Durham Constabulary has joined forces with Cambridge University to undertake the largest academic evaluation in British policing history.
The evaluation is known as a randomised control trial (RCT) and will primarily look at the effectiveness of the force’s Checkpoint scheme.
The evaluation began earlier this month and is expected to take several months to complete.
Randomised control trials are used in medical trials to test the effectiveness of drugs and treatments.
This is the first time a trial of this nature will be used on this scale to evaluate the effectiveness of a police initiative.
Durham’s pioneering programme Checkpoint was launched in April 2015 offering support and advice to low level offenders by offering an alternative to a conviction.
Offenders sign up to a four-month bespoke contract which gets to the root of why they chose to break the law.
There are several interventions, ran by many agencies in partnership with Durham Constabulary, which are then put in place which the offender has to adhere to.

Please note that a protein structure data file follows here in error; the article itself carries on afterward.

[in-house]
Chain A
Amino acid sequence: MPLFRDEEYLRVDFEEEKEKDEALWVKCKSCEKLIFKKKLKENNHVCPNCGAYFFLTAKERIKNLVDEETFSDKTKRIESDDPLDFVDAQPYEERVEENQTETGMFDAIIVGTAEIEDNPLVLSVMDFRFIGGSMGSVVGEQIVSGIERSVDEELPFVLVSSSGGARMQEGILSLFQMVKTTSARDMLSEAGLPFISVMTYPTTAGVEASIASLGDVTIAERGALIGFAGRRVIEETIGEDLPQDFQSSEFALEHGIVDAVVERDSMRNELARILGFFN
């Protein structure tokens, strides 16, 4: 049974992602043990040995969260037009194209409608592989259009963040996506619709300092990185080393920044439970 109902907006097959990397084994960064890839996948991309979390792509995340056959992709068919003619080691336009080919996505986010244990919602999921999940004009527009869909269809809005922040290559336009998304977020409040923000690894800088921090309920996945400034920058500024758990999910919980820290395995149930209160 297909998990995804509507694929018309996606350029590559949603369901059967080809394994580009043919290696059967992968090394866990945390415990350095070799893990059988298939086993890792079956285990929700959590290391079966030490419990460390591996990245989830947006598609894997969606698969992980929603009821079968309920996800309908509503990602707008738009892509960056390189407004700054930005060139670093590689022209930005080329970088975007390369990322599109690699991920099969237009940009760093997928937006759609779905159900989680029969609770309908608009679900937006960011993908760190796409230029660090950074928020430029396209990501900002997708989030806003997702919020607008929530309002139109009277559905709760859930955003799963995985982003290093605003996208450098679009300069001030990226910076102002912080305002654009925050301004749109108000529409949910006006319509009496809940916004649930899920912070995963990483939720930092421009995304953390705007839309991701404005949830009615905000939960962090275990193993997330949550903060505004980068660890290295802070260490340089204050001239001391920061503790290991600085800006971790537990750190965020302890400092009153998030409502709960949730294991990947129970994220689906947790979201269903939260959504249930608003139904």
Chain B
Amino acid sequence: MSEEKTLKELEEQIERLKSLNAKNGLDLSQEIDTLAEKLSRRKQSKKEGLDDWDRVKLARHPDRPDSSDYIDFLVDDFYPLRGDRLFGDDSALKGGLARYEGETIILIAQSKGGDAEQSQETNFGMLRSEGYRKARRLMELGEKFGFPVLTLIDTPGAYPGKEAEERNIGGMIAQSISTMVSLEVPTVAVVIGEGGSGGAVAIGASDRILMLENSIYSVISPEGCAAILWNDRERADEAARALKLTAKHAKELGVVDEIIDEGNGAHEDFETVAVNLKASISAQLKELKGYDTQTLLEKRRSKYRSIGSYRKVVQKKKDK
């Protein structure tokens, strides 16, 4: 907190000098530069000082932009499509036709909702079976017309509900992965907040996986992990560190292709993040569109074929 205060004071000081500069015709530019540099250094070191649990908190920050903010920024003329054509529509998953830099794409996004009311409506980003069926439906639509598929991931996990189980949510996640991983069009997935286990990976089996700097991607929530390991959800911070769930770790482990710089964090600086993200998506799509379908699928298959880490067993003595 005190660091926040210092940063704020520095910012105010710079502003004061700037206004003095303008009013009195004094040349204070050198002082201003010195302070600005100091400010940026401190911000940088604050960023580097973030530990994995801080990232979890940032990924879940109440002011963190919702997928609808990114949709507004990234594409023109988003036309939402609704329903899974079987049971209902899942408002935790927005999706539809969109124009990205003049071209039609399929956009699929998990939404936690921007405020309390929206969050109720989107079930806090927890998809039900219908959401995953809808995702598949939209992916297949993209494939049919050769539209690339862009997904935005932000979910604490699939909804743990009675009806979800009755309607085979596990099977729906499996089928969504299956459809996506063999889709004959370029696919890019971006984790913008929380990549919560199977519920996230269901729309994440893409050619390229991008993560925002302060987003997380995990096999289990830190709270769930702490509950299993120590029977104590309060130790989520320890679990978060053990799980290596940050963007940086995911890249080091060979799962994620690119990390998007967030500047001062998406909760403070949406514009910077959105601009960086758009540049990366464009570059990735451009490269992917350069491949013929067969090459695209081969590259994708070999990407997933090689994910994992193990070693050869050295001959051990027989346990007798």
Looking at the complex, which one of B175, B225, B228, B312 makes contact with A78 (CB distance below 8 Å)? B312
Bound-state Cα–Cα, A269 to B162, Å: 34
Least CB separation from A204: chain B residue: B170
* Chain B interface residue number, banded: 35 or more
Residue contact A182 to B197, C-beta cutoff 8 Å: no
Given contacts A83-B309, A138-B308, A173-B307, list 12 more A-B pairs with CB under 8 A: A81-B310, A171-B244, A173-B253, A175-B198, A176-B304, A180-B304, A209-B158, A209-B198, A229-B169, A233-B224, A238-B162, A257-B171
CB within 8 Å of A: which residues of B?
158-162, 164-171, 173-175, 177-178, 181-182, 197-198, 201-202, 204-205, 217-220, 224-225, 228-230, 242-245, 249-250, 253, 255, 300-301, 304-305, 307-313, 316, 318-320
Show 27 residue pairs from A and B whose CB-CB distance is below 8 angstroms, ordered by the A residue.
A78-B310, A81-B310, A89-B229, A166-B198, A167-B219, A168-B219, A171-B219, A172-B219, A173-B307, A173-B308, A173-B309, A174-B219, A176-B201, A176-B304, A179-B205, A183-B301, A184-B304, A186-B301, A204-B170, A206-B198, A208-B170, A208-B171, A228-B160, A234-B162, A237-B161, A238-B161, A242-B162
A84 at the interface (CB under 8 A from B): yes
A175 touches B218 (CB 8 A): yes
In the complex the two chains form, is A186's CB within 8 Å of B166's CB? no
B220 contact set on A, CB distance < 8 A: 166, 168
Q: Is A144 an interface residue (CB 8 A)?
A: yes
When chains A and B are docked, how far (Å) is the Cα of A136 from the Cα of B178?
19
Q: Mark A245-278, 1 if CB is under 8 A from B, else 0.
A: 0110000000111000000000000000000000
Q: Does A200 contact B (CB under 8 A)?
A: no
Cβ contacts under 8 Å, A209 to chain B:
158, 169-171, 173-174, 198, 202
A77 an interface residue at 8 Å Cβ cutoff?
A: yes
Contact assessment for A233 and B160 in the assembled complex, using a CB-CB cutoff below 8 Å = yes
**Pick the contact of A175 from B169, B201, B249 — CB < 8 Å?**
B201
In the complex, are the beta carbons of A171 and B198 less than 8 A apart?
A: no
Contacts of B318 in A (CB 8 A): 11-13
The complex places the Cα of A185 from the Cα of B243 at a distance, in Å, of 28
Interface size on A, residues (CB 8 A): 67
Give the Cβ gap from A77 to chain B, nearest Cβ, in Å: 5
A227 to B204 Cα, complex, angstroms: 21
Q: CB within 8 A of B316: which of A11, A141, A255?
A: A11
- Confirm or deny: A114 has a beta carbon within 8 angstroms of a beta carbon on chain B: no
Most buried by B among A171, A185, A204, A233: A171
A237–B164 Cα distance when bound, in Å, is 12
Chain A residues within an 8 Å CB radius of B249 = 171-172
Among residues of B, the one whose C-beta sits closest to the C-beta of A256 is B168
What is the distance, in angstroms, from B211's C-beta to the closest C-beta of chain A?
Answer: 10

If the contract is broken or incomplete they revert back to the original prosecution.
To date, the scheme has been a huge success seeing over 500 people sign up to the scheme and over 300 ‘graduates’ which increases by the day.
As well as interventions which address substance misuse, the offender will be offered assistance with any housing, mental health, financial issues they may have so they get themselves back on track.
DI Andy Crowe, Checkpoint Co-ordinator, said: “The purpose of the police is to prevent and detect crime and we believe Checkpoint is an effective prevention method but we need evidence to what works and how it works.
“We’ve often had good ideas and done things out of habit but we don’t know whether these ideas work and are cost effective, this is particularly important in times of austerity when the public need to know they are getting value for money from the police service.”